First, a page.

Source: Hollywood The Write Way
Date: October 23, 2009

White Collar Premiere Week continues as USA’s brand new series premieres tonight at 10/9c! Everyday this week, I have presented interviews with the cast and crew of White Collar, and today’s post is the joint interview with Actors, Matt Bomer and Tim DeKay.

On Filming in New York:

Matt: New York can’t be replicated. The energy of it, the architecture, the cabs honking and cursing you out right before they call “action.” It just can’t be replicated anywhere else and I think it’s so inherently a character in any film or TV show that takes place there. So, it’s just an unbelievable blessing to get to work here and feed off that energy. It just informs the show so much and the characters so much and the rhythm so much.

What did you think about your character initially?

Matt: Well, what I loved about him from the get go, was that he was flawed. He wasn’t—I mean, he had this—he has this veneer of the charming, hyper-intelligent, eloquent, sly mastermind, but underneath, he was really a kind of diehard romantic who would go to any lengths to find the love of his life. Not only was that his motivating force, but it was also kind of his Achilles heel, because then it ends up getting him caught and—but I liked the fact that, even though the fun he puts on is so suave and debonair, underneath there’s somebody who is also—has a hard time—has always really relied on himself and doesn’t really trust a lot of people.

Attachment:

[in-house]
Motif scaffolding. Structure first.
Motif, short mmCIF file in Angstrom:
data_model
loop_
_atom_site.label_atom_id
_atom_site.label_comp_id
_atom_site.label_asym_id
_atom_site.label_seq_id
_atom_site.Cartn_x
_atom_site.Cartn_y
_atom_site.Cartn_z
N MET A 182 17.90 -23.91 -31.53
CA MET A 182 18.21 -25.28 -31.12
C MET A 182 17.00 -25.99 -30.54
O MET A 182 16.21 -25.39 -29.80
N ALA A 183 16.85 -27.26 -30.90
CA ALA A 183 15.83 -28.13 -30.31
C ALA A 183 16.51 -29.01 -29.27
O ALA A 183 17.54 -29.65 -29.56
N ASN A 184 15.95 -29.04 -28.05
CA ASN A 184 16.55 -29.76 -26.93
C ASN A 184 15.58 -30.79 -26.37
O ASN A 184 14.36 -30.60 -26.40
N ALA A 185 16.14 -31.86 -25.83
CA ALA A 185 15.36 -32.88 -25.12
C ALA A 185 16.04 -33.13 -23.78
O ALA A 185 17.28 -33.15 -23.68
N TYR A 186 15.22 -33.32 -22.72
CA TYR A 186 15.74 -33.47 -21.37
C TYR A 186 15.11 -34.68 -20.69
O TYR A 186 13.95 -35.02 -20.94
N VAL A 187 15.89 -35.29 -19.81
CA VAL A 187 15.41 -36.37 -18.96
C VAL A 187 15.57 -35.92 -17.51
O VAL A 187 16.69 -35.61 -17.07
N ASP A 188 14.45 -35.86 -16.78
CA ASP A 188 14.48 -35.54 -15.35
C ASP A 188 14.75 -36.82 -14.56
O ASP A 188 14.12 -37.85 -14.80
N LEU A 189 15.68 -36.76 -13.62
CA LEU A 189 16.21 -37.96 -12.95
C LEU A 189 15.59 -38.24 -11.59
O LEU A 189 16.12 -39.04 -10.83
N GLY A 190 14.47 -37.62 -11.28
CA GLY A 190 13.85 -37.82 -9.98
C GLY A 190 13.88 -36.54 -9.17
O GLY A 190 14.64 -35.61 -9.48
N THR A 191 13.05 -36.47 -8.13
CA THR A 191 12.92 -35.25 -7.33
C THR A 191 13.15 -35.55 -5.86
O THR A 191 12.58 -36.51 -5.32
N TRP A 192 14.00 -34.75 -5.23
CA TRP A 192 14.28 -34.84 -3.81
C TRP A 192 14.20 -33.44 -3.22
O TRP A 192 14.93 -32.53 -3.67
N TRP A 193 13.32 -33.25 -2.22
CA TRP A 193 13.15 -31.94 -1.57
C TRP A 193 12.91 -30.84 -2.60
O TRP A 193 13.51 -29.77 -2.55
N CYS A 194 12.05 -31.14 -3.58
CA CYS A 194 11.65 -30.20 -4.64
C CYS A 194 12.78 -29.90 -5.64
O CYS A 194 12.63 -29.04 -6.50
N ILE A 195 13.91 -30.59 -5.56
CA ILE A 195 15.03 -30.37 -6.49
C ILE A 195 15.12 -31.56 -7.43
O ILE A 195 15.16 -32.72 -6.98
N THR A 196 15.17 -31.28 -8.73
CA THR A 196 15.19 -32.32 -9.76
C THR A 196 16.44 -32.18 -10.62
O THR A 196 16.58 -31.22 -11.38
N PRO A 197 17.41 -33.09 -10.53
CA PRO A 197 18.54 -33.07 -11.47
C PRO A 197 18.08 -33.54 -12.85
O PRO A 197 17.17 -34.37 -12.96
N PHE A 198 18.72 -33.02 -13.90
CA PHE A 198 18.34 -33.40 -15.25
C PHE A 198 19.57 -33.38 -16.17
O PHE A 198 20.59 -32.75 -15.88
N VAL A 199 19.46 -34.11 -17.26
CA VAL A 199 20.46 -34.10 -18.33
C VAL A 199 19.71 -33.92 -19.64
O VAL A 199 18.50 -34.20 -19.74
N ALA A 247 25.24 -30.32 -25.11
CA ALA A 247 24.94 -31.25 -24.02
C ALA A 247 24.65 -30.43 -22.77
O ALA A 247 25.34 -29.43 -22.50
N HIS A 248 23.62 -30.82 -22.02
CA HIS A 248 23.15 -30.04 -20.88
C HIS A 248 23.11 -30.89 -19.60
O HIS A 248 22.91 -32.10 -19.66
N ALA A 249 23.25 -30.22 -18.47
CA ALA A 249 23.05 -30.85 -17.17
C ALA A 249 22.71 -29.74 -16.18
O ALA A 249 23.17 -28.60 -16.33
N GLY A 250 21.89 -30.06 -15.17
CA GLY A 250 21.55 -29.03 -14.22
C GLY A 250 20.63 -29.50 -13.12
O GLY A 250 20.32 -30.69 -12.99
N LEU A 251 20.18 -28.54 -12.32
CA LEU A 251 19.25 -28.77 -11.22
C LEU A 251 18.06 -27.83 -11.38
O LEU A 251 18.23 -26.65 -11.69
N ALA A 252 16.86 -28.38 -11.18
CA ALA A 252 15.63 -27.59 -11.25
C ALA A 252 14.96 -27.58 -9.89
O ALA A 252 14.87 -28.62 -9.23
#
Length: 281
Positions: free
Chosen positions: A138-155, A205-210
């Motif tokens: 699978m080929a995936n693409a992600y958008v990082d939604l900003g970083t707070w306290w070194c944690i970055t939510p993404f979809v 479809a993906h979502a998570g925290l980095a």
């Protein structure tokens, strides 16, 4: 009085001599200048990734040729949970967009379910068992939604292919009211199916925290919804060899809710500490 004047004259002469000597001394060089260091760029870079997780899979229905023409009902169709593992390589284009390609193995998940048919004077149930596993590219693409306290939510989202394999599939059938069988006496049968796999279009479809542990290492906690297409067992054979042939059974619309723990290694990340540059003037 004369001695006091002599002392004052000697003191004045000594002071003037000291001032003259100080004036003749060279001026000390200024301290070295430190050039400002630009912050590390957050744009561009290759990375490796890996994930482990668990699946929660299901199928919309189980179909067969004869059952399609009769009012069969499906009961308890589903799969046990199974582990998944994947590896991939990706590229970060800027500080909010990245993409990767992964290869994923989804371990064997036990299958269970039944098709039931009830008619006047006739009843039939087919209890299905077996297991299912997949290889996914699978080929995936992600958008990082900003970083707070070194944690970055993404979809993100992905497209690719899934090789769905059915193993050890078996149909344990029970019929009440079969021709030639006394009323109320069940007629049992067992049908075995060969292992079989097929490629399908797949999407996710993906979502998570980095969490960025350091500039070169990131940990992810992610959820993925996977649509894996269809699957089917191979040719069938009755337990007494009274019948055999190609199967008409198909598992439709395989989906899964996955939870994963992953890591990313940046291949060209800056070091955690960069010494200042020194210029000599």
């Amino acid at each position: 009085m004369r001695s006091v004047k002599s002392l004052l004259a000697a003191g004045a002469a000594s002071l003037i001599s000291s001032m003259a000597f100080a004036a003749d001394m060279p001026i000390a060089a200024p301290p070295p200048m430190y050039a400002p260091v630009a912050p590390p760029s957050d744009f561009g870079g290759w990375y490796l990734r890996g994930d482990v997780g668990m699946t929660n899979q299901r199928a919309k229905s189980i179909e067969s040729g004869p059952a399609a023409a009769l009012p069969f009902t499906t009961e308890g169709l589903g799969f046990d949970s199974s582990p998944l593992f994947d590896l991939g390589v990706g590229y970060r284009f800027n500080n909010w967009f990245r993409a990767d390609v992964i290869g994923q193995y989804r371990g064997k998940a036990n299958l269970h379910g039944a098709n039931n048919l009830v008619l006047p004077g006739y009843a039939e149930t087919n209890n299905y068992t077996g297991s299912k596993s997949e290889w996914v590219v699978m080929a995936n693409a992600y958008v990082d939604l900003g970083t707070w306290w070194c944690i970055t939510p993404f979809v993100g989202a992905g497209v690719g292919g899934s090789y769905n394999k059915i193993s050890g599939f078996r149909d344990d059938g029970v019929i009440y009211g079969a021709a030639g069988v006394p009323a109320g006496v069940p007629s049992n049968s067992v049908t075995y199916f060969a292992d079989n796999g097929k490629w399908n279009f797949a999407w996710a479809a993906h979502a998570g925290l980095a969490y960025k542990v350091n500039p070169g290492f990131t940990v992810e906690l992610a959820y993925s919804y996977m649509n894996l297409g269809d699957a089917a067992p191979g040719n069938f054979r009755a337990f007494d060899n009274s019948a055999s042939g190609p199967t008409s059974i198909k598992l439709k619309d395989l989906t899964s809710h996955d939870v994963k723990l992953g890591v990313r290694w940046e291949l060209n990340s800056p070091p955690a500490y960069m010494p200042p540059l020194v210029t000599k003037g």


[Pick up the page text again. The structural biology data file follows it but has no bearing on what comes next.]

Are there elements of your character that match up with your own personality?

Matt: I don’t want to say zero, because I mean, I guess we all like to think of ourselves as romantics. But, I like to think of myself as romantic and I guess I understood that part of him and that’s—that to me, has always been the driving force. I mean, his compliance with the FBI and all that stuff, ultimately is really so he can get closer to Kate and find her.

So, to me, that’s the core of the character and that’s the part that I relate to the most. The suave and debonair stuff is, you know, really fun to get to play, but I would say that I fall short of the Neal Caffrey bar in terms of that.

Neal lies with ease and sort of breezes through life but what do you think, besides romanticism, are his redeeming qualities?

Matt: I want people to—I don’t want people to think he’s the perfect guy. I want his flaws to come out, because that’s what it means to be a human being. Human beings are good, they have shadow, every single one of us has redeeming qualities and every single one of us has qualities that people can hold against us. That’s what makes us human.

I’m not interested in playing characters who are perfect or who are, you know—I think the fact that he does try to create that life for himself, is what makes him human and is his redeeming quality. Because he’s trying to cover up for ultimately a life before that that was really, as a kid, probably really unfulfilling. And, he—that’s his way of controlling and controlling his environment, controlling his life, having some sense of control. And, you know, I think he’s some—but he—I don’t think he’s somebody, he is somebody who wants to have fun in any given circumstances.